Guilt pressed upon him as firmly as the bodies crowding on every side. His father came from the seed of Abraham, just like the priests and the pilgrims. And Mouse had fasted today, just like the men in sackcloth and ashes. But his father didn’t offer sacrifice anymore, and his fast wasn’t by choice. The scapegoat won’t atone for my sins.

Mouse broke through the crowd and skirted the procession, picking up speed as he reached the bridge that stretched over the Tyropoeon Valley. He couldn’t afford to worry about sins and the law like the rich priests and Levites. The Day of Atonement would end tonight at the first sight of the evening star. Jews were already hurrying to the market for food to break their daylong fast. And that’s where he and Dismas would be, ready for them.

A frisson of anticipation tingled up his arms. He slipped through streets flanked by high walls. Beyond them rose fine homes with cool marble halls, quiet gardens, and rich food, but here the air was thick with dust and the odor of animal dung and unwashed bodies.

A labyrinth of streets crisscrossed the upper city leading to the market that sat just south of Herod’s magnificent palace. Mouse turned into an alley hardly wider than a crack and slid into the meeting place—an alcove between the buildings, shadowed and scarcely big enough for two people. His breath sounded loud in the close space.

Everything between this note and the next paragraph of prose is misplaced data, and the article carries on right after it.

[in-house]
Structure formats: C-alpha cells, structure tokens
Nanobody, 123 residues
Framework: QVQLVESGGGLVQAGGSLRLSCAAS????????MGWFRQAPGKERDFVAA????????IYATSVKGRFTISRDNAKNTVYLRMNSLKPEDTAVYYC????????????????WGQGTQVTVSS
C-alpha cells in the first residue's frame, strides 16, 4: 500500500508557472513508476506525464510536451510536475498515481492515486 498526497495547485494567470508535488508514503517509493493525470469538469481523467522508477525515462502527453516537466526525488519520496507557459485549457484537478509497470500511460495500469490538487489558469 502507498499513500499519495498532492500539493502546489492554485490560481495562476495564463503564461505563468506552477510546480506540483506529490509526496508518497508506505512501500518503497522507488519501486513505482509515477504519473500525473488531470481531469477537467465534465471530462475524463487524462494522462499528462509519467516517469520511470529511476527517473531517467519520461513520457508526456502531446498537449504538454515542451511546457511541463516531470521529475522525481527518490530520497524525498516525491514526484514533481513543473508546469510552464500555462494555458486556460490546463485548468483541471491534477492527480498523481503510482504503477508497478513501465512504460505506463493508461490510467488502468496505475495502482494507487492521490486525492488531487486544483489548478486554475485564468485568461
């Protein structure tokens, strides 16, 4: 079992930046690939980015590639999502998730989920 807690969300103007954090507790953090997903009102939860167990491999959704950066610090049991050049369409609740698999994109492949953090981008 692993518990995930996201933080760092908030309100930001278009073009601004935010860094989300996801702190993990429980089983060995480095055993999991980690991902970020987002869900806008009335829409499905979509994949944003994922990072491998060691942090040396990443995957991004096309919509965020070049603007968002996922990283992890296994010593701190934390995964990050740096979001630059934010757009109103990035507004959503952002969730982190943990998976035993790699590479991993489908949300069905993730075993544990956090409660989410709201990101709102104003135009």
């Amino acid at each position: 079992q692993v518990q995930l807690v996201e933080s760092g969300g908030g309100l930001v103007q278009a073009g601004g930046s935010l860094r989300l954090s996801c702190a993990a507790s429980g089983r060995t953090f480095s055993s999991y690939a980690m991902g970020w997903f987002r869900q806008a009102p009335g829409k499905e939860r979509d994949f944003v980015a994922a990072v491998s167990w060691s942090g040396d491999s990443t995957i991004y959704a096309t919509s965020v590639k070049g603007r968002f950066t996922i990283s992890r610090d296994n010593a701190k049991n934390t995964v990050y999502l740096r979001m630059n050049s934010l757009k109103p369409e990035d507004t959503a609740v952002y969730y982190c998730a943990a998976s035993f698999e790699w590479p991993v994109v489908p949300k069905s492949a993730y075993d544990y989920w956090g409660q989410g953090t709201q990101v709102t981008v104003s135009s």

“You’re late.” A tall shadow parted from the gloom.

The scent of peppermint oil and cloves tickled Mouse’s nose even before Dismas stepped into a dim shaft of light. He wore a tunic and robe like the Jews of the city and spoke Aramaic, but his accent betrayed his Greek heritage. Mouse spoke enough Greek to barter with merchants in the marketplace and understood even more, but Dismas didn’t know that. There was much Dismas didn’t know about Mouse.

Dismas’s face was narrow, with deep grooves curving on each side of his mouth. The afternoon sun picked out glints of gray in his dirt-brown hair and short beard. How old he was, Mouse couldn’t guess and didn’t ask. Old enough to have a wife and a flock of children, maybe even grandchildren. But instead of a family, he had a slew of fallen women, if his stories could be believed.

“Maybe you couldn’t find me?” Dismas’s grin showed crooked teeth the color of a stag’s horn.

Mouse bristled. He hadn’t gotten lost in the upper city for months. “I just followed my nose until my eyes watered.”

Dismas let out a bark of laughter. “At least I don’t smell like a tannery.” He flicked a long finger at Mouse’s dirty tunic.

Mouse lifted his shoulder and pressed his nose to it, sniffing. He did smell bad. Maybe he’d overdone it a little. He bounced up and down on the balls of his feet, his chest cramped with tension. It was always like this before they started, but once they reached the market, he would be focused and calm.